Opposition Spokesperson on Youth and Culture, Lisa Hanna, has returned to social media after an eight day hiatus to address the backlash and multiple death threats she received following her suggestion for incarcerated Dancehall entertainer Vybz Kartel to be banned for local airwaves.
“From my life’s experiences I’ve learned courage has no limits,” Hanna said in a lengthly release on Monday morning around 3am which comes hours after Prime Minister Andrew Holness responded to her suggestion.
“Courage can be perceived as stubborn or unreasonable. Courage can force you to stand alone on principle. Courage can create the perception you’re choosing battles unwisely that could adversely affect personal ambition. But courage has a responsibility to future generations to take a stand, and act in a manner that’s in our children’s best long term interest. Courage forces you to recognize that this coincides with Jamaica’s best interests
For example, when Norman Manley stood up against the world at the United Nations and declared Jamaica would ban trade and travel with the apartheid Government of South Africa, he stood alone. He stood for what was right. He chose a most unpopular battle – one that appeared unwinnable at the time. Jamaica was the first country in the Western Hemisphere to take such drastic action. Norman Manley had the vision and courage to believe he would be vindicated by history,” She added.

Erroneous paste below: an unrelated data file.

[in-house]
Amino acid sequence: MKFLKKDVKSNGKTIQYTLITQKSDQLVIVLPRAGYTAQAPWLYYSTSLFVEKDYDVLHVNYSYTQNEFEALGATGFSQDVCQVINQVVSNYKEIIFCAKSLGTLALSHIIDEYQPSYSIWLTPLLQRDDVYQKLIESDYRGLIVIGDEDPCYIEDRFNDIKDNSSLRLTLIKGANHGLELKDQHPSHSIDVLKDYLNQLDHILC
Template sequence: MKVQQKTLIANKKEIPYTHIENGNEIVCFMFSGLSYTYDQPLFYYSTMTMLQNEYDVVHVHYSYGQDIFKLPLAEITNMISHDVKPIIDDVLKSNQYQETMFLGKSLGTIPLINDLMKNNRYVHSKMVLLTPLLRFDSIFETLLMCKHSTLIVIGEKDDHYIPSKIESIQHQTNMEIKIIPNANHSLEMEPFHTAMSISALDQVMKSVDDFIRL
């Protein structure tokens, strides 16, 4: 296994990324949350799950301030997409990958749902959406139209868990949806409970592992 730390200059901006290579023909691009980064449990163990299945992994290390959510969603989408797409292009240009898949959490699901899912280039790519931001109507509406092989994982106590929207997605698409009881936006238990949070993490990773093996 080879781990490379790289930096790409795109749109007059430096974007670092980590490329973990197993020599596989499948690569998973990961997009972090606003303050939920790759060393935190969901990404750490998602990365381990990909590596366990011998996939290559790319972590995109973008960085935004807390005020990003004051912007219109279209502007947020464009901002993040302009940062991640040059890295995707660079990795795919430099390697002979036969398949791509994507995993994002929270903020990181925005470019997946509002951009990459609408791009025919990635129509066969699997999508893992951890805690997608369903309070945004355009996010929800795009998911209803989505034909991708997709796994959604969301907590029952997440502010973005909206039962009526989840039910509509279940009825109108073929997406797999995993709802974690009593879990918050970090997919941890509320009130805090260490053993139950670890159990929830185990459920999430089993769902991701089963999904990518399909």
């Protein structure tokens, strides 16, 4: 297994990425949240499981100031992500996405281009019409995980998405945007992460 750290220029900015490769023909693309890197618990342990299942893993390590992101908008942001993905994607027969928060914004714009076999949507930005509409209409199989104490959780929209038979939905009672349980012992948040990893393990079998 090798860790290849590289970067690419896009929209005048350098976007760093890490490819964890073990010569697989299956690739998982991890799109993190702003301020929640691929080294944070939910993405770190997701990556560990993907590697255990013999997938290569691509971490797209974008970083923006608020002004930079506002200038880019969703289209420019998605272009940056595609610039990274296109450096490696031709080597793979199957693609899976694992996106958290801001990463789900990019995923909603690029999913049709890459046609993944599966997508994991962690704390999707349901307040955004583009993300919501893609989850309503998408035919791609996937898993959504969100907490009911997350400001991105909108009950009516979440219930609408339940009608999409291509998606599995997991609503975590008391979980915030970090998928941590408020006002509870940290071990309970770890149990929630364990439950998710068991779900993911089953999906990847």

Hanna continued by saying, “Over 50 years later, Jamaica finds itself at another historical crossroads. Every day, every Jamaican is faced with choosing between what’s right versus the new normal. But our courage is being held hostage by a culture of aggressive abuse and violent threat that passes for disagreement.
I’m an unapologetic lover of music including dancehall. But there’s no necessity for some artists to use music as a medium for promoting violence and abuse of women. The Data confirms that violent and sexually explicit lyrics have negatively influenced many Jamaican youth’s thought processes through increased feelings of hostility and aggression.
These negative influences are exacerbated when we turn a blind eye to radio airplay of new productions by persons we know are incarcerated so may have been abetted by corruption in our prison system. This reality necessitates us being urgently honest with ourselves. We should be prepared to have a national discussion about messages glorifying criminality being conveyed to our children that’ll ultimately bring deleterious consequences. These messages have been pushing us towards a different society from the one in which we all say we want to live. I commented publicly on this recently and the media house chose to give my comments a particular headline which encouraged others who choose to conflate the issues and completely overlook my central message.